From The Homeland Jordan to Much Yearned for Motherland Armenia

The Armenians commemorating the Armenian Genocide Centennial in 2015 followed with Jordanians celebrating the Great Arab Revolt Centennial in 2016. This was not a mere coincidence, given the historical developments that strongly bind the two events.

As a Jordanian scholar of Armenian origin, I was recently engaged in carrying out a study on the Armenian community in Jordan, between integration in the hostland/homeland Jordan and connectivity with the motherland Armenia. The study involved interviews with senior Jordanian scholars and practitioners. The paper was presented during a conference on Armenians in Jordan organized by the Armenian Diaspora Research Center at Haigazian University, sponsored by Calouste Gulbenkian Foundation.

King Hussein of Jordan with Armenian Girl Scouts in 1957.
King Hussein of Jordan with Armenian Girl Scouts in 1957.

The Armenian Diaspora in Jordan did achieve a unique balancing act between their two identities. They remained loyal Jordanian citizens throughout the different stages in Jordan’s history and preserved connectivity with their Motherland Armenia, and exhibited sacred attachment to Armenian national issues—especially keeping alive the memory of the 1.5 million victims of the Armenian Genocide perpetrated by the Ottoman Empire.

Several factors contributed in the successful integration of the Armenians in Jordan, starting with two key factors: joint case—if not shared suffering—and religion. These were best manifested in the statements of a senior member of the judiciary authority and three renowned Jordanian scholars Dr. Issa Dabbah, Dr. Mohammad Masalha, and Dr. Amer Sabaileh, who respectively stated the following:

  • “The people were rejecting the Ottomans, a common case between the indigenous people of Jordan and the Armenians. Just remember the massacre in Karak by the Ottomans.” (President of a Jordanian Court).
  • “The joint injustice suffered by the Armenians and the local people of Jordan who suffered persecution on the hands of the Ottomans contributed in this integration on behalf of the local people.” (Prof. Issa Dabbah).
  • “Religion played a role in the openness to local culture and integration of the Armenians in the local society. Armenians came to Jordan with their high level of culture and skills and professions needed by a political entity in a state of evolution.” (Prof. Mohammad Masalha).
  • “The Armenians have Christian identity. They have the skills to integrate. The environment was in favor to receive the Armenians, joint injustice, Habet al Karak (al Karak uprising) in 1887.” (Dr. Amer Sabaileh).

The candid elaboration of an economist/historian, an experienced educator, and the Director of the Center for Strategic Studies at the University of Jordan must be added to the above statements:

  • “There was compassion between the people of Karak and the Armenians. The people of Karak rebelled against the Turks known as Habet al Karak. Armenians and Karakis are brothers in resisting the Turks.” (Dr. Raouf Abu Jaber).
  • “The Jordanian Constitution, that secured the rights of the minorities, assisted in the integration of the Armenians in Jordan, also the welcoming nature of the Jordanian people. Jordanian history never witnessed any incidents or confrontation between the Armenian Jordanians and Jordanians at large.” (Dr. Haidar Hijazin).
  • “Combination of factors facilitated Armenian integration in Jordan: The absence of local animosity milieu, the historical stage of the state, the size of the Armenians was not threatening. Also how they conducted themselves; respecting the local society, their professionalism, their values of honesty, their credibility, not imposing themselves. They were peaceful and did not create nor instigate conflicts.” (Dr. Musa Shteiwi) .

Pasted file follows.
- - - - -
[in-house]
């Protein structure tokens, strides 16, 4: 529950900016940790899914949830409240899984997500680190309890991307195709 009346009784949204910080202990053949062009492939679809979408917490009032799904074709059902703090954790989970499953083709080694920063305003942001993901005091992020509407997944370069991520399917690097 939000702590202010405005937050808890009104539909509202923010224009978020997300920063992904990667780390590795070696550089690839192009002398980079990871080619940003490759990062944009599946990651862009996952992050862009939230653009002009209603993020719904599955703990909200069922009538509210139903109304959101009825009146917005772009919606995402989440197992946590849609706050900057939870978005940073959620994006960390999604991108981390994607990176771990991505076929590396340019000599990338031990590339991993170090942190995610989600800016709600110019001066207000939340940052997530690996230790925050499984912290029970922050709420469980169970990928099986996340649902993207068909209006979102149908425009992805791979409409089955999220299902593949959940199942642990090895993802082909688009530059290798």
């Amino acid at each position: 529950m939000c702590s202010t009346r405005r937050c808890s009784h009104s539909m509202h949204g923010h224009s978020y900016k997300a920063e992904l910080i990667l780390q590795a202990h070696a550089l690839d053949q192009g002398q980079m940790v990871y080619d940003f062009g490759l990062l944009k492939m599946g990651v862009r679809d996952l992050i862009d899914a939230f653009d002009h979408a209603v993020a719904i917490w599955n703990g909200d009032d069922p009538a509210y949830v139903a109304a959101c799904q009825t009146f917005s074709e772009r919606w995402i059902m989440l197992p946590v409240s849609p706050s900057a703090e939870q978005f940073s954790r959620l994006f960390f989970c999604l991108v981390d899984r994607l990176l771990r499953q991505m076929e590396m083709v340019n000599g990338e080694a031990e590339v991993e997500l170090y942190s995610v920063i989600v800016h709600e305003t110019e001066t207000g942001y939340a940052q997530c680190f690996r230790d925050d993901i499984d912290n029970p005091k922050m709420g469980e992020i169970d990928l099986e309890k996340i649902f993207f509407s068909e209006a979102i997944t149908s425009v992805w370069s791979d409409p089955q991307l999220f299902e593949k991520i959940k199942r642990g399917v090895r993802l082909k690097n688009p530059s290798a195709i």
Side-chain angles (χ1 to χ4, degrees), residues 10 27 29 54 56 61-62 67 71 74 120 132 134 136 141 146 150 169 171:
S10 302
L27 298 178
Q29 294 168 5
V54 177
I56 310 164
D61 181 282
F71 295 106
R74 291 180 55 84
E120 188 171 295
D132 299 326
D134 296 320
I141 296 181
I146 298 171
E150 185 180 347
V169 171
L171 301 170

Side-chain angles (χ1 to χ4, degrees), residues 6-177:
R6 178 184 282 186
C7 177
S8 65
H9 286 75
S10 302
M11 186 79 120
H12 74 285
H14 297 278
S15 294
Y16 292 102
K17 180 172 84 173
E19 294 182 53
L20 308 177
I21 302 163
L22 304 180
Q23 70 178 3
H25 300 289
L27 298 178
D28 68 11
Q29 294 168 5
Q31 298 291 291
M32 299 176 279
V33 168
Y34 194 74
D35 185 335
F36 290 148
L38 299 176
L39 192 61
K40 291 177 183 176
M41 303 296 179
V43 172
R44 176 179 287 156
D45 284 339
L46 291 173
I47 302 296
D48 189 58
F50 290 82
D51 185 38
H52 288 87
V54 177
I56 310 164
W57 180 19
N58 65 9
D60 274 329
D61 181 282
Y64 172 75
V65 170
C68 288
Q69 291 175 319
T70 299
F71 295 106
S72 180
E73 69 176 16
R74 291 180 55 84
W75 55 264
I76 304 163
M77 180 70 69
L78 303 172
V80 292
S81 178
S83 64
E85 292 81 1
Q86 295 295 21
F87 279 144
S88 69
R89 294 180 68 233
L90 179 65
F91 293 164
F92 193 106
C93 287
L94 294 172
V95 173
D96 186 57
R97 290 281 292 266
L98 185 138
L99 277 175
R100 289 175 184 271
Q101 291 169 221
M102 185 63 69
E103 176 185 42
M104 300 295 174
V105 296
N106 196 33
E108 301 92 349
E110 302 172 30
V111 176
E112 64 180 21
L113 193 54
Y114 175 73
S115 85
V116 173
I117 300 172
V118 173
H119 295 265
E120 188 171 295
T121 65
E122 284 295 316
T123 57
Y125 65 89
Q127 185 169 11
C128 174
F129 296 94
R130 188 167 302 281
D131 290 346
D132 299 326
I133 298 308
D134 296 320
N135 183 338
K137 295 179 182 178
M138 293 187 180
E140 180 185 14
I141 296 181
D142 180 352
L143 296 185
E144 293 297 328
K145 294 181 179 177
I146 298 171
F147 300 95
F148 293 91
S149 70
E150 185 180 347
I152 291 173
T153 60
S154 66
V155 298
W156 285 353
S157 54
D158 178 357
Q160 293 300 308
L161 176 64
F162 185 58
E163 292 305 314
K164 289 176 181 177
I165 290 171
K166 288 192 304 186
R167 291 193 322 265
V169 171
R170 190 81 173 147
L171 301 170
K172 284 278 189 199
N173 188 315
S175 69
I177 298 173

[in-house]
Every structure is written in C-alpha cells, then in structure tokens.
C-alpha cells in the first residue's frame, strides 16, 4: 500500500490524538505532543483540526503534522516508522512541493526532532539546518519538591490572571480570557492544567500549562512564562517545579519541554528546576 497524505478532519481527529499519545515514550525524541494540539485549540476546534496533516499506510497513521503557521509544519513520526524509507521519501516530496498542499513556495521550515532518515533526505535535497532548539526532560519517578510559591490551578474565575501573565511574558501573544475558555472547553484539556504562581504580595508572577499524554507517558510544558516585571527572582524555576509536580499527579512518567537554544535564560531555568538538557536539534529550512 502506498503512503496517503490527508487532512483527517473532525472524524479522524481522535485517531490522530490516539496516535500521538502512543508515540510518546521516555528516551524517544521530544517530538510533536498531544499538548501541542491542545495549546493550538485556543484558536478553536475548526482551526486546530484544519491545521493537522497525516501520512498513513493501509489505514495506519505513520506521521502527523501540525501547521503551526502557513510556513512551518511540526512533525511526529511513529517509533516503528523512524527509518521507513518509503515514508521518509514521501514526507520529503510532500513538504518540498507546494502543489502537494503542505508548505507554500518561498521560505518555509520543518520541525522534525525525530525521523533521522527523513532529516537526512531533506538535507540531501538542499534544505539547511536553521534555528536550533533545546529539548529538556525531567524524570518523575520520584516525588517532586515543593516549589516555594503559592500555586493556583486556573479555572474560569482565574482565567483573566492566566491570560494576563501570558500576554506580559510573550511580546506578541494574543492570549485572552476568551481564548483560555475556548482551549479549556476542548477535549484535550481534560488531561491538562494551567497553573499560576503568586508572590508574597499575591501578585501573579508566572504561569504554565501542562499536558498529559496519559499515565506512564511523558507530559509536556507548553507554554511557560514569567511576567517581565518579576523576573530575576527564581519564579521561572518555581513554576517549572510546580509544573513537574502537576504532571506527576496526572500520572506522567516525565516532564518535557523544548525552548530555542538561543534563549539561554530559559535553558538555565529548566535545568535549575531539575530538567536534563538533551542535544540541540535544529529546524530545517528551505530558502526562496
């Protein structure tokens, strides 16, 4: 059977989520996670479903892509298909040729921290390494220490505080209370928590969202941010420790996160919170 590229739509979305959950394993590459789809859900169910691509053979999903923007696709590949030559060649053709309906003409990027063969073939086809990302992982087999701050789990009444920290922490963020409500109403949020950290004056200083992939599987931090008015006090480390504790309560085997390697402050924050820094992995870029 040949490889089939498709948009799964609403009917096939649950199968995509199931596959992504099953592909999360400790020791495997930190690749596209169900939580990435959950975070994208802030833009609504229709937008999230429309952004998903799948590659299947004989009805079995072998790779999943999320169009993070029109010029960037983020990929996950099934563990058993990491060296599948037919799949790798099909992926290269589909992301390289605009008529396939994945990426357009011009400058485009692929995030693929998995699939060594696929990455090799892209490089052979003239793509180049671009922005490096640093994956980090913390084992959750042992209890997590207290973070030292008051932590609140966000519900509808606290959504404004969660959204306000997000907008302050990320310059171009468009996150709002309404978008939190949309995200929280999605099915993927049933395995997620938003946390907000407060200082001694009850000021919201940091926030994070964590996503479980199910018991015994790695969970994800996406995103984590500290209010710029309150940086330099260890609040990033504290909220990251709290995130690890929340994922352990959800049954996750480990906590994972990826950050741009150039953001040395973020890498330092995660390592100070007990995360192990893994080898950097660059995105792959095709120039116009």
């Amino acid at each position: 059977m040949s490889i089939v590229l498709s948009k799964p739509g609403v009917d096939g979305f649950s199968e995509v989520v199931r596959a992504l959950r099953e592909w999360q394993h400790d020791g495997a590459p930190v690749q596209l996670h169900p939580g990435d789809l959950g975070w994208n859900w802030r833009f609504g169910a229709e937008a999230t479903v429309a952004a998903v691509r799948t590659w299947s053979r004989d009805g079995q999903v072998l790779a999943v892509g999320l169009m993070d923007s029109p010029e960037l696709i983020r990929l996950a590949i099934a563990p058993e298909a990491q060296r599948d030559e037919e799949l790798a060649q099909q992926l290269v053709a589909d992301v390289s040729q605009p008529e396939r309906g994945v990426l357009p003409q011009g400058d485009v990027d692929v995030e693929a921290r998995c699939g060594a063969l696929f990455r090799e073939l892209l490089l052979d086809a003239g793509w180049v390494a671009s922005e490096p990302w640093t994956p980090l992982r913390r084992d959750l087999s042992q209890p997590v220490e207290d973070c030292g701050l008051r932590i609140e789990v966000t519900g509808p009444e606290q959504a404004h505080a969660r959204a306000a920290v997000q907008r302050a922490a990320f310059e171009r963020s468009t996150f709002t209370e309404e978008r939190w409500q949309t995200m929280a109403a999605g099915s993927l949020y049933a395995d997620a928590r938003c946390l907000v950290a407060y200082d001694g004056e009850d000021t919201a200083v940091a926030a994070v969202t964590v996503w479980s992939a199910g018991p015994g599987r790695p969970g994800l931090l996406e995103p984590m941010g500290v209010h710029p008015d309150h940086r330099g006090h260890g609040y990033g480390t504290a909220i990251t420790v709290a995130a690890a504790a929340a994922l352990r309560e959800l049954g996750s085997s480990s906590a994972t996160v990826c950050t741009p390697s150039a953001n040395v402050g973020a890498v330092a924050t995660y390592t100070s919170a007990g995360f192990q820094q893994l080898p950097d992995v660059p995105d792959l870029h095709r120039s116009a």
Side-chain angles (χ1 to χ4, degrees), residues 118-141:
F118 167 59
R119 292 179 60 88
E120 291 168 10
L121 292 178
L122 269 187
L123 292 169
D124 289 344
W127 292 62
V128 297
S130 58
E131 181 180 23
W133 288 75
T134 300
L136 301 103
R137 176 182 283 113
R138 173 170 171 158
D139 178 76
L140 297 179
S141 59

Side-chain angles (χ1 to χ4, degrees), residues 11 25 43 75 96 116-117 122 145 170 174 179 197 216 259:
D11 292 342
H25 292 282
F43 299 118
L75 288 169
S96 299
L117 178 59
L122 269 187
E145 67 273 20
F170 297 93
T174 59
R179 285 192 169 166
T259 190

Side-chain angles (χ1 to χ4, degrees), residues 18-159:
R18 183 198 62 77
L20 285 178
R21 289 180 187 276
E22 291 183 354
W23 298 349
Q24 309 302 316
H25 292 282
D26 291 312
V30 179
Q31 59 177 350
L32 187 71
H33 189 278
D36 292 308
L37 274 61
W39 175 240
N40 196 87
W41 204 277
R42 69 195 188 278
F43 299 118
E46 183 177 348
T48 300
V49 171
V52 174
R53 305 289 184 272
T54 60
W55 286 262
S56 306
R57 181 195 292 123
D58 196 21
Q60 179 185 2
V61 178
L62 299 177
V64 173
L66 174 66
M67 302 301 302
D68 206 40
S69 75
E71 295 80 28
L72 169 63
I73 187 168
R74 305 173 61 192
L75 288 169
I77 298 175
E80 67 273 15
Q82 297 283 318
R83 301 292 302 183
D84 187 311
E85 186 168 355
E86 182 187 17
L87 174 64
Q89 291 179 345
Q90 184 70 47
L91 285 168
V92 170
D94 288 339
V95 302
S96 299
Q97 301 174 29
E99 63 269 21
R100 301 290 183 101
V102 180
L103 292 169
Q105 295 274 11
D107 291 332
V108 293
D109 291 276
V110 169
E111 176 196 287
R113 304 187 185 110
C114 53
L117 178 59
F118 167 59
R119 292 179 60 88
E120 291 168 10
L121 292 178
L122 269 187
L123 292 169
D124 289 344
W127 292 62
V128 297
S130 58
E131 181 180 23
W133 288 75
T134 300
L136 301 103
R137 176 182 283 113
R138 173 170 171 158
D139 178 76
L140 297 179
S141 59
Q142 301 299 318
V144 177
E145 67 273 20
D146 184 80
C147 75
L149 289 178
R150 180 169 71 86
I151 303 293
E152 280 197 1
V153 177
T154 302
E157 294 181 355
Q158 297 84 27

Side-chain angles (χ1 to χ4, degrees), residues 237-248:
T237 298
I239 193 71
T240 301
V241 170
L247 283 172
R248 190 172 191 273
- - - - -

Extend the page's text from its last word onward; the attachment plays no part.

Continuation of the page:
And below are the statements of two senior Jordanian public servants and a veteran Jordanian historian on the Armenian Diaspora”

  • “Jordanians have been always compassionate throughout decades, receiving many refugees. Armenians and Jordanians built the state together.” (Mr. Aqel Biltaji, Mayor of the Greater Amman Municipality).
  • “Armenians’ dedication to their work of precision prevents their getting involved in problems. The upbringing of the Armenian youth promotes coexistence and accepting the other.” (Mr. Fadel Al Hmoud, Secretary General of the National Council for Family Affairs).
  • “The title of the Armenians is ‘Perfectionism.Armenians are business-oriented—they like to live and not to destroy.” (Prof. Adnan al Bakhit).

All these factors were crowned with the Decree issued in 1917 by Sharif Al-Husayn for the protection of the Armenians.

The integration of the Armenian Diaspora in Jordan represents a model of successful integration enhanced by local factors and intrinsic attributes of the Armenian Diaspora and identity—foremost, the Christian values embedded in the Armenian culture.

The process of Armenian integration in the host land/homeland Jordan and connectivity with the motherland Armenia were affected by local, regional, and international factors, including the 1948 and 1967 Arab-Israeli wars and ending with the so called “The Arab Spring” and the emergence of the Islamic State (ISIS/Daesh) and the persecution of the Christians in the Middle East, which brought back the painful memories of Armenian persecution at the beginning of the 20th century. These developments triggered the balance one way or another.

Prior to the independence of Armenia from the Soviet Union in 1991, Jordanian Armenians opted to travel to the United States and Australia. However, recent developments in the region left a mild impact on Jordan. Under the wise leadership of King Abdullah II and amid the peace loving Jordanian people, Jordan secured its stability and the safety of its people including Jordanian Armenians. Hence, Jordanian Armenians did not leave their homeland Jordan. However, they escalated the process of obtaining Armenian nationality and consolidating their bridges with the motherland Armenia, including the author of this article and her family members. This development was much affected by the revolution in information technology, which surely brought Armenia closer to Armenia Diaspora worldwide.